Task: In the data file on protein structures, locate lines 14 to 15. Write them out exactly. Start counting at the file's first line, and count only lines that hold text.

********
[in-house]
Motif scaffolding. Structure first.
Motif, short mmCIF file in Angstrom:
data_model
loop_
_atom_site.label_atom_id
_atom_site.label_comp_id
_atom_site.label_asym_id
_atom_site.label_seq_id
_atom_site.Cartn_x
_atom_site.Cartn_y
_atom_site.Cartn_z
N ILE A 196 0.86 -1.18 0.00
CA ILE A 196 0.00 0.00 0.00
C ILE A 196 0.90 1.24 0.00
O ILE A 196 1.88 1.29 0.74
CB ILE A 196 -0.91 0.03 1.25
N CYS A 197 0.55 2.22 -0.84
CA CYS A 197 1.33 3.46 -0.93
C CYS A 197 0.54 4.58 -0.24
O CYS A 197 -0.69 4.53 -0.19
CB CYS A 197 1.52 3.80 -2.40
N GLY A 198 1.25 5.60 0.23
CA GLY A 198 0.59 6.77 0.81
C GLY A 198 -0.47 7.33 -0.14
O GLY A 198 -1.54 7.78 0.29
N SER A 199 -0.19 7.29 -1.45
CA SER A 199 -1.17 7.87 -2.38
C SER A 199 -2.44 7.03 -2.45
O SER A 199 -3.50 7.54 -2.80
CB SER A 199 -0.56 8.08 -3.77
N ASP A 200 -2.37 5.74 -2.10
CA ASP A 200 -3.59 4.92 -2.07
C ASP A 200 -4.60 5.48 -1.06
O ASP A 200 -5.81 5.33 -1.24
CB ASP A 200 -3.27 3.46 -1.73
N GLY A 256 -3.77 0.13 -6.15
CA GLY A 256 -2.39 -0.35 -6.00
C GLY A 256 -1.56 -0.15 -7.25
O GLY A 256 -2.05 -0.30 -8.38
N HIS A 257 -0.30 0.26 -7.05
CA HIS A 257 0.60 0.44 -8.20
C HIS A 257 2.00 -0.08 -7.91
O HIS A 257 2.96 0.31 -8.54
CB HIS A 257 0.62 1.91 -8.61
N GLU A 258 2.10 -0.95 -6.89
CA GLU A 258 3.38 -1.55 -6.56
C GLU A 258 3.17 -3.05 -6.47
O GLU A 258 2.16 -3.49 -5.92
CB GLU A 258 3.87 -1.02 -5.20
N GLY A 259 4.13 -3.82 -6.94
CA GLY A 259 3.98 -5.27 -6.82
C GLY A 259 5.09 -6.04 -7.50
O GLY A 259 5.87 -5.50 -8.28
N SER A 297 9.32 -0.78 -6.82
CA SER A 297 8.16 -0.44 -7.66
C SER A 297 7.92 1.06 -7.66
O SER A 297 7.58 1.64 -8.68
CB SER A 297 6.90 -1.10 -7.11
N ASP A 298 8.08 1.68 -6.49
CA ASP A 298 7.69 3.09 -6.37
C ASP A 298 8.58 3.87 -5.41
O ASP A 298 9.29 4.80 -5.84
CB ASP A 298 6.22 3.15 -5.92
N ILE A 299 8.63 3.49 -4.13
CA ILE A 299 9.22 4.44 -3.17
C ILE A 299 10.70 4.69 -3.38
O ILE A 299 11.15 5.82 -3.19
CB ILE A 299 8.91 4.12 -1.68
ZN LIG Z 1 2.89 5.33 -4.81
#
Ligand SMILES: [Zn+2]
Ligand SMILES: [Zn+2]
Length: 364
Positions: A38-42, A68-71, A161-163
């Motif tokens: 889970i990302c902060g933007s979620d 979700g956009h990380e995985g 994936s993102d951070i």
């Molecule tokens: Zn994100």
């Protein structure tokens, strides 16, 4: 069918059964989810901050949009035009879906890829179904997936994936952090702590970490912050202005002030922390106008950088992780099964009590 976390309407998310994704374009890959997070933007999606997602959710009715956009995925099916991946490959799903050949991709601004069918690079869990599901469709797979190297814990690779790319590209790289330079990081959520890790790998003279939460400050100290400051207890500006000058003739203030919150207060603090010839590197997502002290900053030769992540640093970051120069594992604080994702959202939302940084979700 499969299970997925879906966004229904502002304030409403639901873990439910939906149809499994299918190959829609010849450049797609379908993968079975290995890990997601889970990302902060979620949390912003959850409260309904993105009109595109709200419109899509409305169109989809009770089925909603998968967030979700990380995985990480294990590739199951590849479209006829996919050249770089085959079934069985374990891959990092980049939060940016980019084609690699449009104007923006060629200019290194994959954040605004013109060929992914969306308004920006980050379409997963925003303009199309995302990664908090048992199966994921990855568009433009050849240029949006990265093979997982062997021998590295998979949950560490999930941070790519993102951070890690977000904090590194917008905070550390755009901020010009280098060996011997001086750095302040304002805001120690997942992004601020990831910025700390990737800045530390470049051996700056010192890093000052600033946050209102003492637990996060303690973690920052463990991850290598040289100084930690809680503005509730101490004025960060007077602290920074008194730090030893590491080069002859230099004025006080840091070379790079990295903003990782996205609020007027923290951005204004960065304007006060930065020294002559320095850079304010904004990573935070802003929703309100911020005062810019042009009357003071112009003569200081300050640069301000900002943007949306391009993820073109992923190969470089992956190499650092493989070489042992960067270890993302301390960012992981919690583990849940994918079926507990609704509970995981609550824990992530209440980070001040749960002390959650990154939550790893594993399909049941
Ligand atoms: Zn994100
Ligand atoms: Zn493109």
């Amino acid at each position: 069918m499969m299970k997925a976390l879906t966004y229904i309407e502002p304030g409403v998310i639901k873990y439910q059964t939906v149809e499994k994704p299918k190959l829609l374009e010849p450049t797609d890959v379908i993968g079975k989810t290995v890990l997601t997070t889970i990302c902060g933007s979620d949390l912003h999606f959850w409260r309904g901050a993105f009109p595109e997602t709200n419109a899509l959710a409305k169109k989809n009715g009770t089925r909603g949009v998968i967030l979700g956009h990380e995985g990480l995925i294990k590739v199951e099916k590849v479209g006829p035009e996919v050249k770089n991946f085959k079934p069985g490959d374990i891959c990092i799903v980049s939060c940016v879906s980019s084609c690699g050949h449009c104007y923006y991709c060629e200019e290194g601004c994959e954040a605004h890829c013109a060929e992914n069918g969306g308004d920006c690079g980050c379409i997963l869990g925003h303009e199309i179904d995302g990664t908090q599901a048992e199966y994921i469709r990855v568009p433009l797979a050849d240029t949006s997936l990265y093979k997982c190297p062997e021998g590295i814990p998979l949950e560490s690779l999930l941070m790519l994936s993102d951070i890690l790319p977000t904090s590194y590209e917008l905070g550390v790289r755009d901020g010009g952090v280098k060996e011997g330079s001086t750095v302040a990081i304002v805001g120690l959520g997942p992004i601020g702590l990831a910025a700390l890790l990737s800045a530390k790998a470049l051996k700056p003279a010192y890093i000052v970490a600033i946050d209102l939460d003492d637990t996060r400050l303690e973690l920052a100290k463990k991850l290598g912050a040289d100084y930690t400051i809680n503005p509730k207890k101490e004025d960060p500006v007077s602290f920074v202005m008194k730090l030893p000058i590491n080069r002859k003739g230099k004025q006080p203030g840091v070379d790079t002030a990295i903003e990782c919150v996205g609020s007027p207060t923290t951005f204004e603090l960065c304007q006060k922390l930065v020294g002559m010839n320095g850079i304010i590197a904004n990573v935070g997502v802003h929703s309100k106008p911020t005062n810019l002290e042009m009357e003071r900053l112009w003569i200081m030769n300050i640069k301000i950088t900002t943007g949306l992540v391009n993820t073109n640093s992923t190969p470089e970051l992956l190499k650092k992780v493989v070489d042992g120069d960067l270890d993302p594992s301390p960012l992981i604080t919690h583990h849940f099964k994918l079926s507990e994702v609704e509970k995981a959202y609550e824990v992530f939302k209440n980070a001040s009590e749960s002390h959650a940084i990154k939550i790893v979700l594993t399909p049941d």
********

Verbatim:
CA ILE A 196 0.00 0.00 0.00
C ILE A 196 0.90 1.24 0.00